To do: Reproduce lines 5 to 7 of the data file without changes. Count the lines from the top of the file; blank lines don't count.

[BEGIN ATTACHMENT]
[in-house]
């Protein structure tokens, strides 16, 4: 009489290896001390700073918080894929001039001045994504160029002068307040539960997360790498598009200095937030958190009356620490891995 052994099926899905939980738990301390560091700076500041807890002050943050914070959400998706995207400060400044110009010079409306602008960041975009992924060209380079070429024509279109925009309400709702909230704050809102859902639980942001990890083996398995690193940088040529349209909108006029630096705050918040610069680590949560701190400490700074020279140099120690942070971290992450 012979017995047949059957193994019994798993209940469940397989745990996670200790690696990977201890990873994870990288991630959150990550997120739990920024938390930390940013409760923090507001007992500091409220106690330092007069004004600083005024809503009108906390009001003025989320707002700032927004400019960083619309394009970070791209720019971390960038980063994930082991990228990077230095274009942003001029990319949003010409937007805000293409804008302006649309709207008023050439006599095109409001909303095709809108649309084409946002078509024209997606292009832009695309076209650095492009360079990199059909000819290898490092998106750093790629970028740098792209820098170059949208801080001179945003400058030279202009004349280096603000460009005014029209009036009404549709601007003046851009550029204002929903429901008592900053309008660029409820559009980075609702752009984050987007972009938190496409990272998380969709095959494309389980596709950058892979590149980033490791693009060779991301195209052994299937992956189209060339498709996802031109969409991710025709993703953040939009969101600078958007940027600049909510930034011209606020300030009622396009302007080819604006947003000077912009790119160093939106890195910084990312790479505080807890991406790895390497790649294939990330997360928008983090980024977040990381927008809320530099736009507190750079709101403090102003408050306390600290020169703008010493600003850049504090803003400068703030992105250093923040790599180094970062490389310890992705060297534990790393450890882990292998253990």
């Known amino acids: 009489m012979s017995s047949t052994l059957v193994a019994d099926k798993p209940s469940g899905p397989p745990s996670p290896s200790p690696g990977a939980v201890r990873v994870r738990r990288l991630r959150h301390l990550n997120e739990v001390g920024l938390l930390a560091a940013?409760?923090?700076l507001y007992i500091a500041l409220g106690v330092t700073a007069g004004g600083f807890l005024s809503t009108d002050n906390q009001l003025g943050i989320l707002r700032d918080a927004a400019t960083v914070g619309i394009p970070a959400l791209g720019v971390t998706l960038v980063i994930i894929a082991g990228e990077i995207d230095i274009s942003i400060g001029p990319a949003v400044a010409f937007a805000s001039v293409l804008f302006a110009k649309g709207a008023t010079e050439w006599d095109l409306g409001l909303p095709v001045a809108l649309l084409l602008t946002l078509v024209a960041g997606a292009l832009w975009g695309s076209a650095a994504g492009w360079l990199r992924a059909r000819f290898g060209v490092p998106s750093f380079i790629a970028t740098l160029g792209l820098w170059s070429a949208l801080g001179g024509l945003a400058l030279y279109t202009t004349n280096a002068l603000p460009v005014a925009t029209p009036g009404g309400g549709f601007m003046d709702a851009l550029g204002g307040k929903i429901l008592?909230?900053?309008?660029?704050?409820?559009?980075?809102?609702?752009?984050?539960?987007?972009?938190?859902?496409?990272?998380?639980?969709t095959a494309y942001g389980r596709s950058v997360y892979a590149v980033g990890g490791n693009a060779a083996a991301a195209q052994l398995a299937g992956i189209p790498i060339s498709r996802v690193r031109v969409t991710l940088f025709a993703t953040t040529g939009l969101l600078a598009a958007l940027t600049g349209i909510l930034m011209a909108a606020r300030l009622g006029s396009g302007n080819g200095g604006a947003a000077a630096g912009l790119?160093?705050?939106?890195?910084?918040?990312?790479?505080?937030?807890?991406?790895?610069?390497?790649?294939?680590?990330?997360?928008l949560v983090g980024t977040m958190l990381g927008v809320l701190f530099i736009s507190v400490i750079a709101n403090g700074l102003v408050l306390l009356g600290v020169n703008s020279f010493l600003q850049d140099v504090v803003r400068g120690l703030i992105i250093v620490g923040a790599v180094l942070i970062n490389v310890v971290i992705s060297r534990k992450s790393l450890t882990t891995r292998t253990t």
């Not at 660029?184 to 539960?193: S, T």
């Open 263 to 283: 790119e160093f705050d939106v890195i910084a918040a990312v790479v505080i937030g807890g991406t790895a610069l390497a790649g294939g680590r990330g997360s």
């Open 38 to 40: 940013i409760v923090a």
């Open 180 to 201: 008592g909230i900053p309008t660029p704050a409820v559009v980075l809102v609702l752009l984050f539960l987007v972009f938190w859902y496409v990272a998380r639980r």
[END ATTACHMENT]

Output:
């Open 263 to 283: 790119e160093f705050d939106v890195i910084a918040a990312v790479v505080i937030g807890g991406t790895a610069l390497a790649g294939g680590r990330g997360s």
């Open 38 to 40: 940013i409760v923090a």
């Open 180 to 201: 008592g909230i900053p309008t660029p704050a409820v559009v980075l809102v609702l752009l984050f539960l987007v972009f938190w859902y496409v990272a998380r639980r």